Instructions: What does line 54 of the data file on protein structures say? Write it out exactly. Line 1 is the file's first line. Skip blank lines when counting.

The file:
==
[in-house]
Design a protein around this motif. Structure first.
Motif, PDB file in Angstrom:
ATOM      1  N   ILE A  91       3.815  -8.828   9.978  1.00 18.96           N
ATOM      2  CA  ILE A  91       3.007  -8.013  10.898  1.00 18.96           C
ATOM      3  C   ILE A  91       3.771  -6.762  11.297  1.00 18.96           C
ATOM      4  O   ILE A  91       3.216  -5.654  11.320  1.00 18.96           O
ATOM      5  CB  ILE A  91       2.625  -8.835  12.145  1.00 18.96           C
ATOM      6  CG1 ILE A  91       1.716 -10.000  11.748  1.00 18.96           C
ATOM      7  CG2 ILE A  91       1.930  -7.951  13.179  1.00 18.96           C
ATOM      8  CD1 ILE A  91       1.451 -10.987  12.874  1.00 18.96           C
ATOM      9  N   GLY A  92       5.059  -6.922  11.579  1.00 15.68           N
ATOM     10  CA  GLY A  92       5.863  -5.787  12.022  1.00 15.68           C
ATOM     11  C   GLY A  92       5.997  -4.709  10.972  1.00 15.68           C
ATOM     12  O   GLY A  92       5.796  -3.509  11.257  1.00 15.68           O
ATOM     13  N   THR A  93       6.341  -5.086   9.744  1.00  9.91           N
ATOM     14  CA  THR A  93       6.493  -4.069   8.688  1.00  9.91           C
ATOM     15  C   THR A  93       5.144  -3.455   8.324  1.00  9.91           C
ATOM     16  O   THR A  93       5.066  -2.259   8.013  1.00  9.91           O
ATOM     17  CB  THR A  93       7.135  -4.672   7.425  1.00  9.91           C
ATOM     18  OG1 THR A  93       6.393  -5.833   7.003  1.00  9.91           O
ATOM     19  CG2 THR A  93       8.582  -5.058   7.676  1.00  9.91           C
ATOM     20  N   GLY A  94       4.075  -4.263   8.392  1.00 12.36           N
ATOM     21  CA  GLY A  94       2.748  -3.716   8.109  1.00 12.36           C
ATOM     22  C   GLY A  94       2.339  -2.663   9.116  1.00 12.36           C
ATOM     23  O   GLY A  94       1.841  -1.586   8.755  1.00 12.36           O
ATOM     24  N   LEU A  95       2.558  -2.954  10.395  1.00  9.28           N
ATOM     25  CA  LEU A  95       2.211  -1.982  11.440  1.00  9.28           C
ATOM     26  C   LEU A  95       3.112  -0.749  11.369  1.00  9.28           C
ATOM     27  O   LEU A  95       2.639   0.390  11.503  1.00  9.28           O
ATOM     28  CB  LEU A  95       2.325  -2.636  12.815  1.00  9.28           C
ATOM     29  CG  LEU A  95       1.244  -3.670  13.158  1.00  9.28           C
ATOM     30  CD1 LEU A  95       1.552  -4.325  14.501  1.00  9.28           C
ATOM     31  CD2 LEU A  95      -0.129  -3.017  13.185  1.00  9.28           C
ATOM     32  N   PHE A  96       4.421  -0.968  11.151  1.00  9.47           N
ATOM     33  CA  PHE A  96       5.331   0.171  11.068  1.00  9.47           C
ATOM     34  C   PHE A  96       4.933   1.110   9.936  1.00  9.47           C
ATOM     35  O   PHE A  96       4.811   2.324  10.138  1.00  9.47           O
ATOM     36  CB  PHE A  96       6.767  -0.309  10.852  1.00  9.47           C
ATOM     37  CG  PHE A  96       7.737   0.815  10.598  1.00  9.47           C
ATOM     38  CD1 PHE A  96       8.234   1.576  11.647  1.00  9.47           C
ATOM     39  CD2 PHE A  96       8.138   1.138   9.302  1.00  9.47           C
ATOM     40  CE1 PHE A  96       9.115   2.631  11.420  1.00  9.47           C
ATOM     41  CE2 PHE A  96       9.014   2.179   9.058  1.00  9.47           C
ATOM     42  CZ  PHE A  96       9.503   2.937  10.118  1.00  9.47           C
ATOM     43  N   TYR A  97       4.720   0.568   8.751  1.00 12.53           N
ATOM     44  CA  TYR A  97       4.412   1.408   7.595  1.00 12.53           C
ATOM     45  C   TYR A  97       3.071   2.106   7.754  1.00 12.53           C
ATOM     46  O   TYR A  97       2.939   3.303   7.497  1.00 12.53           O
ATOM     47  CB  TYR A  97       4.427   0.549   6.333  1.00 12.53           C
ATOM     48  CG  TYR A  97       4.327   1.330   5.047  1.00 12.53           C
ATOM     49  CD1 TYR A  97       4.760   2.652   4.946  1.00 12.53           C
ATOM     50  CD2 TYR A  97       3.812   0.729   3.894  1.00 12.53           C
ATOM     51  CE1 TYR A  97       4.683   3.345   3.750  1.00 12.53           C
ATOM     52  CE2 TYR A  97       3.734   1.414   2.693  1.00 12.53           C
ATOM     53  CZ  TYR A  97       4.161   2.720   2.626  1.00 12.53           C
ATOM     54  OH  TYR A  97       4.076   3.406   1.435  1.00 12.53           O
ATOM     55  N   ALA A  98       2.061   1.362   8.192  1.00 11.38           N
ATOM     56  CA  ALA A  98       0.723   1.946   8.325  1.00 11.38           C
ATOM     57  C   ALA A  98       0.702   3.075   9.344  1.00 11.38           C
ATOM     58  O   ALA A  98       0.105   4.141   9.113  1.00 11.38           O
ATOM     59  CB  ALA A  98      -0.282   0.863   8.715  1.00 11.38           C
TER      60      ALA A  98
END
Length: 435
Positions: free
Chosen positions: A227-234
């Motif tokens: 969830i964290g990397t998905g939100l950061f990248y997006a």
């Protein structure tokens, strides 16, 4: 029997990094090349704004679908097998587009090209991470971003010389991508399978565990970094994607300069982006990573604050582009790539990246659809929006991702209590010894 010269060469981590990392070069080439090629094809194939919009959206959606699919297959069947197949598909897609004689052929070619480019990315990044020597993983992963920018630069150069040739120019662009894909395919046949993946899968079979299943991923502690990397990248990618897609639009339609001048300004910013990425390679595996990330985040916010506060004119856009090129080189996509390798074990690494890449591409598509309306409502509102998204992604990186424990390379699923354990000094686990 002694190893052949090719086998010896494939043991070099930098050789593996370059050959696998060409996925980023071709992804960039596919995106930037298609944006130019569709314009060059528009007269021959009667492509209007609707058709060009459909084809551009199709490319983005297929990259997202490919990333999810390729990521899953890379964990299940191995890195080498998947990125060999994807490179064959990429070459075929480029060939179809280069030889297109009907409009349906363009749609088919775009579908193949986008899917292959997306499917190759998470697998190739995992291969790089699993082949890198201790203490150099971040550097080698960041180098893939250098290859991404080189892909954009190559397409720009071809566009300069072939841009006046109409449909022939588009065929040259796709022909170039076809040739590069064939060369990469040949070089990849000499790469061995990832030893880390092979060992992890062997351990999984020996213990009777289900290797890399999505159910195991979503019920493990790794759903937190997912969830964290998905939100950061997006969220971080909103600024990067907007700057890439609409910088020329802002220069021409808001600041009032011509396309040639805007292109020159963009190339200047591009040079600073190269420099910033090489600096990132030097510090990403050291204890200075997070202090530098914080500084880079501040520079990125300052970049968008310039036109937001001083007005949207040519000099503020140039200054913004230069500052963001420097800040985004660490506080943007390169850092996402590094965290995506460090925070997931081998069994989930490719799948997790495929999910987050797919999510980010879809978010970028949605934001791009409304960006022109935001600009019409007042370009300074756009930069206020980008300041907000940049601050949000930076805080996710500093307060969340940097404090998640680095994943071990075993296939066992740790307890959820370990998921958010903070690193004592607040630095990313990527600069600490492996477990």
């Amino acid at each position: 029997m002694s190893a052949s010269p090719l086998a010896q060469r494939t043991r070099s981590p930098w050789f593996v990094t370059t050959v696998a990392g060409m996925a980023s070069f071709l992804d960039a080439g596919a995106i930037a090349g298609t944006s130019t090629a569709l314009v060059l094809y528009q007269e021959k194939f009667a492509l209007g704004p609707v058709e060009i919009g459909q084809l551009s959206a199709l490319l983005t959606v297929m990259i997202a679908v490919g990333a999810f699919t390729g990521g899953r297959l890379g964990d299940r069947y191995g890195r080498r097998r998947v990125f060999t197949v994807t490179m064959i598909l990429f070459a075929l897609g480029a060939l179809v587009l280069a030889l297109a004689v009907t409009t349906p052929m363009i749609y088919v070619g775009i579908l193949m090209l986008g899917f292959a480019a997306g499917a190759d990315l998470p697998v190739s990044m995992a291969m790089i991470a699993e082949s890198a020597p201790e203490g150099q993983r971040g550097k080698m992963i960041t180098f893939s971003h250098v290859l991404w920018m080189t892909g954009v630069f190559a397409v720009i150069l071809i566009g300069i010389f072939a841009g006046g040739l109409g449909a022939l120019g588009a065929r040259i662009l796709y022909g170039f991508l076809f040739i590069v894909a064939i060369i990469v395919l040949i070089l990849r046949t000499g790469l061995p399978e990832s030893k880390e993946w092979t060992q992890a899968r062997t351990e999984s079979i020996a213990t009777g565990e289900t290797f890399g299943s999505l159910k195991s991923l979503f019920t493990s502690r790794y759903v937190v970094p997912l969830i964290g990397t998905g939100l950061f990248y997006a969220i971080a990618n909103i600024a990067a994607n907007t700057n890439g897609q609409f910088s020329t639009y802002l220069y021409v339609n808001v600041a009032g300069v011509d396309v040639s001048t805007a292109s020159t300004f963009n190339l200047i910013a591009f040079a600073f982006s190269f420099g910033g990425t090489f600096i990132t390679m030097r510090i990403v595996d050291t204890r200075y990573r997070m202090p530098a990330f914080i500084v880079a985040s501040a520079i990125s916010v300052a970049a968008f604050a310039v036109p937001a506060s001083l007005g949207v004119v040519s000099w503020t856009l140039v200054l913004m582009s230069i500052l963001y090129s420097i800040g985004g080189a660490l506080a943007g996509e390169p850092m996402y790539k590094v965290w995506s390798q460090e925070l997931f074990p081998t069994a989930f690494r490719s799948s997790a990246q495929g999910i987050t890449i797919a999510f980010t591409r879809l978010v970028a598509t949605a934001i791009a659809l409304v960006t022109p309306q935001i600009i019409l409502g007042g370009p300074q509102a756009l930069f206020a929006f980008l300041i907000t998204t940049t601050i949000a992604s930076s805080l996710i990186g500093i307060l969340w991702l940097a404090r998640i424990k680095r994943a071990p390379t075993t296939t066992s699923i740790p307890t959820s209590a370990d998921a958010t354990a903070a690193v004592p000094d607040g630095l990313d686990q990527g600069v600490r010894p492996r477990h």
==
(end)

ATOM     51  CE1 TYR A  97       4.683   3.345   3.750  1.00 12.53           C